Rhynchospora plumosa

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Rhynchospora plumosa
Rhyn plum.jpg
Photo by Guy Anglin, Atlas of Florida Vascular Plants
Scientific classification
Kingdom: Plantae
Division: Magnoliophyta – Flowering plants
Class: Liliopsida – Monocotyledons
Order: Cyperales
Family: Cyperaceae
Genus: Rhynchospora
Species: R. plumosa
Binomial name
Rhynchospora plumosa
Elliott
RHYN PLUM dist.jpg
Natural range of Rhynchospora plumosa from USDA NRCS Plants Database.

Common name: Plumed beaksedge

Taxonomic notes

Synonym: Rynchospora semiplumosa A. Gray

Description

A description of Rhynchospora plumosa is provided in The Flora of North America.

Distribution

Ecology

R. plumosa was found in non-disturbed longleaf pine sites in the North Carolina; in contrast, the species was not found in highly disturbed sites. [1]

Habitat

In the Coastal Plain in Florida, R. plumosa can occur in savannas, open scrub oak savannas, wiregrass savannas, pine-palmetto scrub oaks, seasonally wet depressions in open pinewoods, pine flatwoods, regularly burned pine flatwoods, slash pine-wiregrass flatwoods, exposed sandy bottoms of lakes, seepages slopes, hillside bogs, grass-sedge bogs, shrubby borders of depression marshes, sand ridges, mangrove swamps, dry pine barrens, and drying ephemeral ponds. [2] It can also be found in power line corridors, sandy roadsides, wet borrow pits, shrub bog clearings, pine flatwood clearings, moist roadside depressions, cut-over pinewoods, cleared palmetto scrubs, bull-dozed scrublands, boat ramps, pine plantations, and clobbered pine-wiregrass flatwoods. Soils include dry sand, moist sandy peat, loamy sand, sandy loam, and white sand. [2]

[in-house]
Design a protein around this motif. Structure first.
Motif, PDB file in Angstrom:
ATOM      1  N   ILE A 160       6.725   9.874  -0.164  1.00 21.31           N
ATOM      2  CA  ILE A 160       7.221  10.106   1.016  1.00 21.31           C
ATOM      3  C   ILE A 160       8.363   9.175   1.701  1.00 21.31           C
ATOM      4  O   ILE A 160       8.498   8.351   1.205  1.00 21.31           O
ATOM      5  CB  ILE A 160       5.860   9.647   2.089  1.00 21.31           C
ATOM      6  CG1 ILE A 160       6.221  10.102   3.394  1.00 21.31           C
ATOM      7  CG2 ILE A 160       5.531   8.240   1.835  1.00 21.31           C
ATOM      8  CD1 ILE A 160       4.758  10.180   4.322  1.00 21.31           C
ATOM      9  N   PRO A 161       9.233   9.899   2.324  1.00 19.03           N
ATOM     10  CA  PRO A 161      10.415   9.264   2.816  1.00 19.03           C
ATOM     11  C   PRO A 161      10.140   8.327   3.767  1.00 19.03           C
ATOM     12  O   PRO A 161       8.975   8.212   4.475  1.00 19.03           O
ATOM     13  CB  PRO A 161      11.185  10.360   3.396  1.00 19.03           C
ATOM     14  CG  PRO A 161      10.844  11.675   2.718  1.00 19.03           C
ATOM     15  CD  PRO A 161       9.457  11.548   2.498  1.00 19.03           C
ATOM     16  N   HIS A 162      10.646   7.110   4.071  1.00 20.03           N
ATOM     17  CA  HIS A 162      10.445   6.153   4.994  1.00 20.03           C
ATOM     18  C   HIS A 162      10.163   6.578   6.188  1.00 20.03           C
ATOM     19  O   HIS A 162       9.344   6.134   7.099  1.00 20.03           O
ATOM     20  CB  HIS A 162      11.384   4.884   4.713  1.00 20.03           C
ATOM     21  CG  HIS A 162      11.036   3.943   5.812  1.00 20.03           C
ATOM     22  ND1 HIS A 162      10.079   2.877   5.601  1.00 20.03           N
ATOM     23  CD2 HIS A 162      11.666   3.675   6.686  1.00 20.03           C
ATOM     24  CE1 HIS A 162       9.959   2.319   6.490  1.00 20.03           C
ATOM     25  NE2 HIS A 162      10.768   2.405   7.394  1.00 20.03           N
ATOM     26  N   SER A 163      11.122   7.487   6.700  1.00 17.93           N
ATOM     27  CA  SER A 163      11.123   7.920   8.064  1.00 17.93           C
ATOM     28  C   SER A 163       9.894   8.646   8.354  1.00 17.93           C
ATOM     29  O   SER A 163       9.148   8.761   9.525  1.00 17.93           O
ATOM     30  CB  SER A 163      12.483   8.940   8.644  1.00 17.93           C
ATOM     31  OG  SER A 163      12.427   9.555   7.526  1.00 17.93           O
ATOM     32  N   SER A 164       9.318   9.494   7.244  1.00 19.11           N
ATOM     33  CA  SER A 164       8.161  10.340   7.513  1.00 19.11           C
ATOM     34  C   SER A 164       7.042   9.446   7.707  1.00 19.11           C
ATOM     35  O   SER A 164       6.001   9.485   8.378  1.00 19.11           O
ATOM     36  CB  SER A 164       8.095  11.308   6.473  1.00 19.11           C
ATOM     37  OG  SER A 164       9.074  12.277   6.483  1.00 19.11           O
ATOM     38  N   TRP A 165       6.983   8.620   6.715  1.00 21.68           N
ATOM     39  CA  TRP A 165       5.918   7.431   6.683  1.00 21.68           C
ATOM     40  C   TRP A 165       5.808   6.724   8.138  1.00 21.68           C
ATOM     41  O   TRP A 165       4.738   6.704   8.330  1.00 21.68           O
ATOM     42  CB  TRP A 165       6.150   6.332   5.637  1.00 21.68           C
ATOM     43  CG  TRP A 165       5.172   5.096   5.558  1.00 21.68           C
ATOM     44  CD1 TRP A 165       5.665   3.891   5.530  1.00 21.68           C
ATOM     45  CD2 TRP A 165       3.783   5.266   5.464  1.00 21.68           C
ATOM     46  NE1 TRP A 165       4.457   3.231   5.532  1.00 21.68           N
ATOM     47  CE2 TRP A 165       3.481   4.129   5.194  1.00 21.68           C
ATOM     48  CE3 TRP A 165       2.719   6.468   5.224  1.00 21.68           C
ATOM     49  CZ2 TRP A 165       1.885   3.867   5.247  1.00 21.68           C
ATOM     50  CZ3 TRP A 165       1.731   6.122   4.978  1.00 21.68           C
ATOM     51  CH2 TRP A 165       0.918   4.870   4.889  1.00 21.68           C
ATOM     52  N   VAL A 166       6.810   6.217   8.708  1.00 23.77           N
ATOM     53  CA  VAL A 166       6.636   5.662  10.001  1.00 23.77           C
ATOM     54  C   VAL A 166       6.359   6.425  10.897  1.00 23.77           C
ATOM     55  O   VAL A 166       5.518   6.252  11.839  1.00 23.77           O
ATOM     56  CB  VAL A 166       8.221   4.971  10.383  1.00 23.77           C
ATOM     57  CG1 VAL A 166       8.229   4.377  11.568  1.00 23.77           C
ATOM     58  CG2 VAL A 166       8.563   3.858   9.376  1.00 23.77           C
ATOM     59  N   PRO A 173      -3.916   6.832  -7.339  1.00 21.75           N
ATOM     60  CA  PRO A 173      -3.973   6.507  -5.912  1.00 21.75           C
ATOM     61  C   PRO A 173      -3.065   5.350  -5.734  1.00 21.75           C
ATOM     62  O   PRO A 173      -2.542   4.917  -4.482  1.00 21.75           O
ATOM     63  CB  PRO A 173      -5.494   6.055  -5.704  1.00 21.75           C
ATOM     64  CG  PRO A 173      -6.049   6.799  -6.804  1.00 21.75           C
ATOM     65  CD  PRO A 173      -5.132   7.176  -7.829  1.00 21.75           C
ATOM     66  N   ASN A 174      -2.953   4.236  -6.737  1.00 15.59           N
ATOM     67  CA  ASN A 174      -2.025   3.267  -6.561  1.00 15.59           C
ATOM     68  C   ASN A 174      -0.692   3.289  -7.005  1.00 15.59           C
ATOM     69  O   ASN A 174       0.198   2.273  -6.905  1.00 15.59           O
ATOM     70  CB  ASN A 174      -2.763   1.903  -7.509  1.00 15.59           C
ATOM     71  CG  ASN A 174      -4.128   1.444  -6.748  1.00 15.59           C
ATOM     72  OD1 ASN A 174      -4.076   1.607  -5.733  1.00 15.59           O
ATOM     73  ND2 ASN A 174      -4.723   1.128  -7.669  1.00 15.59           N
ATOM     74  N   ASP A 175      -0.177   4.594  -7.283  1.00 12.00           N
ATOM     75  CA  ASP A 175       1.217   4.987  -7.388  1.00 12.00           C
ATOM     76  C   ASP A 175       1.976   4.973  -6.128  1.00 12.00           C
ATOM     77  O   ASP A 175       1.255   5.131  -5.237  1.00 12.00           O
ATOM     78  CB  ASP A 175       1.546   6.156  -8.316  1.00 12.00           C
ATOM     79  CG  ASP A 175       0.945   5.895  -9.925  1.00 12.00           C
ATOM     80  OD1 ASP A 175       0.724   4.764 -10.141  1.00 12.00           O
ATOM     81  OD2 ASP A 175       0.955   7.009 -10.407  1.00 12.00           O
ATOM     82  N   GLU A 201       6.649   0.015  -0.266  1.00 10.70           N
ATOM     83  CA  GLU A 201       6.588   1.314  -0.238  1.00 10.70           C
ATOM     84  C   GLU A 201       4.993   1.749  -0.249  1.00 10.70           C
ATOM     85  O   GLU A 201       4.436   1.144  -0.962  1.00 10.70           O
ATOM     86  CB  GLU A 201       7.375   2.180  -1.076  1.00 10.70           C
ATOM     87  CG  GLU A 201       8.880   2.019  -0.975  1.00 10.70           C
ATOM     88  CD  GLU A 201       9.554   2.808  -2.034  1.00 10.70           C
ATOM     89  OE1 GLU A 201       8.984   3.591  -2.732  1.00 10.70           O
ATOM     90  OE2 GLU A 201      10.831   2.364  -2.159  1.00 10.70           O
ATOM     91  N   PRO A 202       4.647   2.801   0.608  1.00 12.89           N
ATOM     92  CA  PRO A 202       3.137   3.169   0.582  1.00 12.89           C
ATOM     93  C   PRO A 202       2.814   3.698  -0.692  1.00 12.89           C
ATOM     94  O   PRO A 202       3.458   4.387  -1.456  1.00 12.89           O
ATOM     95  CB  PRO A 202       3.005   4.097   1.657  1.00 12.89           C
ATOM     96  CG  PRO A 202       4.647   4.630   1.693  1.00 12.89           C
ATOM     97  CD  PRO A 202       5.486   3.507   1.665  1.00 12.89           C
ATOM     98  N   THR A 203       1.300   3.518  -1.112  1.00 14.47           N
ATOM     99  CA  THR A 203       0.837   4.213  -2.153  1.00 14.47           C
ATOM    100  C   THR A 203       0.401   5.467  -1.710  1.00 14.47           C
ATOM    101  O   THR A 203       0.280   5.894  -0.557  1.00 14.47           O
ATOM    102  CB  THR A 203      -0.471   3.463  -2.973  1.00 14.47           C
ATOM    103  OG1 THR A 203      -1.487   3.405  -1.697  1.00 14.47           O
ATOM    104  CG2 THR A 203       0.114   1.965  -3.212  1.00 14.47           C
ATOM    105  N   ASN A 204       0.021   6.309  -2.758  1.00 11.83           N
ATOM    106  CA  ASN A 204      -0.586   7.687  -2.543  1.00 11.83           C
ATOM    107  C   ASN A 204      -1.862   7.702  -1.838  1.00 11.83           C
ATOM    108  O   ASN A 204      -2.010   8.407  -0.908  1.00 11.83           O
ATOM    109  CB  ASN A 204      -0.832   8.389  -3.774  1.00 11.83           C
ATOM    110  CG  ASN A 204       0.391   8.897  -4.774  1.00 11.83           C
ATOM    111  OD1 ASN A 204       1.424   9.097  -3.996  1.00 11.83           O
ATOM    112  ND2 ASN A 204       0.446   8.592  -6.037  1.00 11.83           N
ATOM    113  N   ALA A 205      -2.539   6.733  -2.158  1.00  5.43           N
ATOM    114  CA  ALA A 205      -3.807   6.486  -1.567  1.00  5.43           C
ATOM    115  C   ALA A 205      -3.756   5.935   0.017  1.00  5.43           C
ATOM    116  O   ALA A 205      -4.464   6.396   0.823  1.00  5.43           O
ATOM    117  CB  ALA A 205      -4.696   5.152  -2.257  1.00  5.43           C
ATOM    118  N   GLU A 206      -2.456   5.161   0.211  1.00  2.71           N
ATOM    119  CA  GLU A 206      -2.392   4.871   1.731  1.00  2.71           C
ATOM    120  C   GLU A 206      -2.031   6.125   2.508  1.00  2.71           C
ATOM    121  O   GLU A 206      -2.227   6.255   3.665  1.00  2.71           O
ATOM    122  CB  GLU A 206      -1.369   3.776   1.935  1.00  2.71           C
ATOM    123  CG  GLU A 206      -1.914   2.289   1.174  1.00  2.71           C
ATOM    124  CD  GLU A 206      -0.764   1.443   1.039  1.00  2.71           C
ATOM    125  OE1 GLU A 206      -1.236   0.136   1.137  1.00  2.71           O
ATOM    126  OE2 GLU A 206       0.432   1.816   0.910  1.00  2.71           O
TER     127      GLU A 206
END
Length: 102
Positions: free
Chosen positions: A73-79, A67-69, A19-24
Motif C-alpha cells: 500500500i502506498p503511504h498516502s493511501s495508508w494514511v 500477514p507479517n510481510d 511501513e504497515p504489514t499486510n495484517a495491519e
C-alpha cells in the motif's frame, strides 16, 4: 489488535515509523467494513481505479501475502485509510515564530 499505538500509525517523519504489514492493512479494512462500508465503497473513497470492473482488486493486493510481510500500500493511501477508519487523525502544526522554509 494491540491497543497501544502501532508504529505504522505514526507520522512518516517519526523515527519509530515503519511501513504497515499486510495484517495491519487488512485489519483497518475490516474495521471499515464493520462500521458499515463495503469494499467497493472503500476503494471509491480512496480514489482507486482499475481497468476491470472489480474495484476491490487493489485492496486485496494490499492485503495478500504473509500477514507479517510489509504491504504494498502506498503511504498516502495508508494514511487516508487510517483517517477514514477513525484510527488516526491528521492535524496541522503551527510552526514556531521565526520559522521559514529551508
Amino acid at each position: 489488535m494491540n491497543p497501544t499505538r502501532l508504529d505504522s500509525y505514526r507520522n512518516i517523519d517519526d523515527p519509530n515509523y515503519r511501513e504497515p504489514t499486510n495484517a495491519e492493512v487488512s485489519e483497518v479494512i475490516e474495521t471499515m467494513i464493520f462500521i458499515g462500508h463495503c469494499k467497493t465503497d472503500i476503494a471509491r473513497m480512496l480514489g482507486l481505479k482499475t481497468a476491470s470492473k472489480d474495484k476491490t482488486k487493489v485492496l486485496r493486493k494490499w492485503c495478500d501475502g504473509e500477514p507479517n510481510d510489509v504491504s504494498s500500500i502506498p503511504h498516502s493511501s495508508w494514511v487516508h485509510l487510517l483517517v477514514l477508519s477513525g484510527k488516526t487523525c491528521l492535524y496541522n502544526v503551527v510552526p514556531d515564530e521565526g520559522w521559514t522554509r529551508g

Associated species include Aristida stricta, Pinus palustris, Serenoa repens, Hypericum, Stillingia, Xyris, Rhexia mariana, Dichanthelium wrightianum, Scleria georgiana, Sarracenia flava, Drosera, Sarracenia, Rhynchospora elliottii, R. corniculata, R. chapmannii, R. pusilla, R. fascicularis, R. baldwinii, R. globularis, R. wrightiana, R. fernaldii, and R. ciliaris. [2]

Phenology

Flowers and fruits April through December. [2]

Fire ecology

In longleaf pine forests of the southeastern United States, R. plumosa benefits from higher fire fequencies and is common in the second winter after after a fire. [3] [4]

Use by animals

The Henslow’s Sparrow (Ammodramus henslowii) does not prefer to eat the seeds. [4]

Conservation and management

Cultivation and restoration

Photo Gallery

References and notes

  1. Cohen, S., R. Braham and F. Sanchez. 2004. Seed bank viability in disturbed longleaf pine sites. Restoration Ecology 12:503-515.
  2. 2.0 2.1 2.2 2.3 Florida State University Robert K. Godfrey Herbarium database. URL: http://herbarium.bio.fsu.edu. Last accessed: July 2015. Collectors: Loran C. Anderson, Robert K. Godfrey, S. F. Blake, Robert Kral, Mabel Kral, A. F. Clewell, Robert Blaisdell, Ann F. Johnson, Sidney McDaniel, Kurt E. Blum, S.L. Orzell, Edwin L. Bridges, H. E. Grelen, P. L. Redfearn, Edward Wheeler, S. M. Tracy, N. C. Henderson, Cecil R. Slaughter, M. Minno, Austin R. Mast, O. Lakela, A. H. Curtiss, Chris Buddenhagen, Becky Bee, Annie Schmidt. States and Counties: Florida: Alachua, Bay, Bradford, Calhoun, Citrus, Collier, Dixie, Duval, Flagler, Franklin, Gulf, Hernando, Lee, Leon, Levy, Liberty, Martin, Nassau, Okaloosa, Orange, Osceola, Pasco, Pinellas, Polk, Santa Rosa, St. Johns, Sumter, Taylor, Volusia, Wakulla, Walton, Washington. Compiled by Tall Timbers Research Station and Land Conservancy.
  3. Glitzenstein, J. S., D. R. Streng and D. D. Wade. 2003. Fire frequency effects on longleaf pine (Pinus palustris, P.Miller) vegetation in South Carolina and northeast Florida, USA. Natural Areas Journal 23:22-37.
  4. 4.0 4.1 DiMiceli, J. K., P. C. Stouffer, E. I. Johnson, C. Leonardi and E. B. Moser. 2007. Seed preferences of wintering Henslow's sparrows. Condor 109:595-604.